How to Trick Your Spouse into Saving Money

Help a Pet in Need!

5. Involve your friends and family

And no, we don’t mean it like an intervention, but more like a way of doing things together without having to pay someone for help. If you have to move into a new home, enlist your cousins. If you are throwing a party, ask your mothers and grandmas to help with the food.

If you need to work out, ask your friends to join you and jog along in the park. There is no reason to pay for moving companies, catering and gym memberships when you have friends and family. Your spouse will pick up on this faster than you think!

6. Get into diy

If your other half is prone to overspending, maybe all he or she needs is to see things from a different perspective. And this is where you come in. Look up DIY tutorials that teach you how to reuse your old jeans, CDs, DVDs or floppy disks, various household items and so on. Women tend to spend more money than men, in which case a few tutorials on hair and makeup could save both of you a lot of money on salon appointments.

7. Cook together

When cooking together, people are having way more fun than waiting for the food to be ready in the restaurant. You’ll never remember what you talked about while dining out, but you will remember your husband’s face covered in flour! Memories are cheap and so easy to make while dining out is stressful, expensive and honestly…not very meaningful.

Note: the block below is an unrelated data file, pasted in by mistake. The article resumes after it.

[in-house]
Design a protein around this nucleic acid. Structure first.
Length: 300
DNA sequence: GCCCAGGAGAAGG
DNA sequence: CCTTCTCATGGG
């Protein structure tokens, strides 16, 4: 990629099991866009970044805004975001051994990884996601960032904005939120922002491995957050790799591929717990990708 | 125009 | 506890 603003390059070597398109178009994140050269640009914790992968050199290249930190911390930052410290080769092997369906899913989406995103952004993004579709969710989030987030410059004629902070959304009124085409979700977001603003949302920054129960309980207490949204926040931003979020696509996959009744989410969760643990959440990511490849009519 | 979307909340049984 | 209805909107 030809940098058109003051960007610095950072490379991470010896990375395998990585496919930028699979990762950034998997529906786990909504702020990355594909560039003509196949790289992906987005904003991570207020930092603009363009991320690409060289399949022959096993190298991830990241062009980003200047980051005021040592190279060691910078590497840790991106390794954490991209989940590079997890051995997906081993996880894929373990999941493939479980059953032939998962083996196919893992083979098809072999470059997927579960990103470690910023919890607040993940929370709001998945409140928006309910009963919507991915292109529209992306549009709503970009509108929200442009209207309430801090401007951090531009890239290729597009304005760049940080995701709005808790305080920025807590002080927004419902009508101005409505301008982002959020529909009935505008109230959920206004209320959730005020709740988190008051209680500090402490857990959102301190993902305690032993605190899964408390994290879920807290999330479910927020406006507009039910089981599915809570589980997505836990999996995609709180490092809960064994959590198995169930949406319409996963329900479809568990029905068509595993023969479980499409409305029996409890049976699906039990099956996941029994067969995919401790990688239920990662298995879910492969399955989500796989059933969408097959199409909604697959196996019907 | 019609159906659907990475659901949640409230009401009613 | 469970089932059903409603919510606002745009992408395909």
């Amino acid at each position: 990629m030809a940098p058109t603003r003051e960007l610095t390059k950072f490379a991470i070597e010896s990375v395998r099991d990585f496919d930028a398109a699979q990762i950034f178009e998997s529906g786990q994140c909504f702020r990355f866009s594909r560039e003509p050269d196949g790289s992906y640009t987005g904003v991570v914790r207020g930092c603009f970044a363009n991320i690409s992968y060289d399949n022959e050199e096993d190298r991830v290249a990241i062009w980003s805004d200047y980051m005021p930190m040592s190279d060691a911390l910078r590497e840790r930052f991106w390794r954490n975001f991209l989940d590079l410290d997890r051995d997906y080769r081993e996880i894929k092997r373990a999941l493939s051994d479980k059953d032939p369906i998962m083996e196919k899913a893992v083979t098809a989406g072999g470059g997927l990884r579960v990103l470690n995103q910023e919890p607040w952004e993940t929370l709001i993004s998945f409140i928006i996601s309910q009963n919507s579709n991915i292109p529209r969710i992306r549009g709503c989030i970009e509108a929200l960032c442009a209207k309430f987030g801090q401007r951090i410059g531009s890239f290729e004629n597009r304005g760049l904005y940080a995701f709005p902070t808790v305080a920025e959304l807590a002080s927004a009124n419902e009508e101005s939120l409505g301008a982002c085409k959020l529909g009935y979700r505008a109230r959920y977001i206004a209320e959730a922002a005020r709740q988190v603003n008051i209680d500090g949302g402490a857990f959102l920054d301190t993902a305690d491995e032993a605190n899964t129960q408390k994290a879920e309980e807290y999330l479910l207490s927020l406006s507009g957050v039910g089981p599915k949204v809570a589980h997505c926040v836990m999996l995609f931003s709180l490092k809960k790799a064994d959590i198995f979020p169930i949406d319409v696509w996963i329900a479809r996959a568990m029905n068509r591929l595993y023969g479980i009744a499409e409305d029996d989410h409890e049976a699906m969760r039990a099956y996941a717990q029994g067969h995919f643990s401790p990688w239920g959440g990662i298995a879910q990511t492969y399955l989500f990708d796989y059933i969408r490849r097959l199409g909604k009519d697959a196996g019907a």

A great idea would e to set up a rule for your family, like: we will only eat out once a month and every weekend we’ll make time to try a new recipe together. If you’re feeling adventurous, you could cook together every day. Try easy recipes, like the ones we wrote about here.

How to Trick Your Spouse into Saving Money

Turn Cooking into a Fun Family Activity!

8. Make shopping a fun experience

Most people get extremely stressed when having to shop for presents and a recent study shows that you will end up taking 5 trips to the supermarket to complete your shopping list. We know gas is not very expensive, but why go to the supermarket 5 times anyway? Time is also a valuable resource!

Here’s our idea: write down everything you need to buy a month or two before the holidays and play a little game: whoever finds the smallest price for an item, gets a star on the fridge. The person with the most stars on the fridge by the holidays will get a day off from cleaning and all other house chores.

9. Watch Extreme Couponing

Believe it or not, this TV show says a lot about our needs and spendings: you have a bunch of people clipping coupons to buy things they probably don’t need, when what they should be doing is look for coupons to buy what they need. Of course, the amount of money saved will make an impact on your spouse.

10. Just talk it out

There are a few reasons why people spend recklessly: this is what they were taught, they didn’t have much growing up or they are simply looking for comfort/coolness. Also, there are some people who think that saving money is “silly”. Try to understand which one of these situations best describes your spouse and then propose a 10-day cure, as a trial.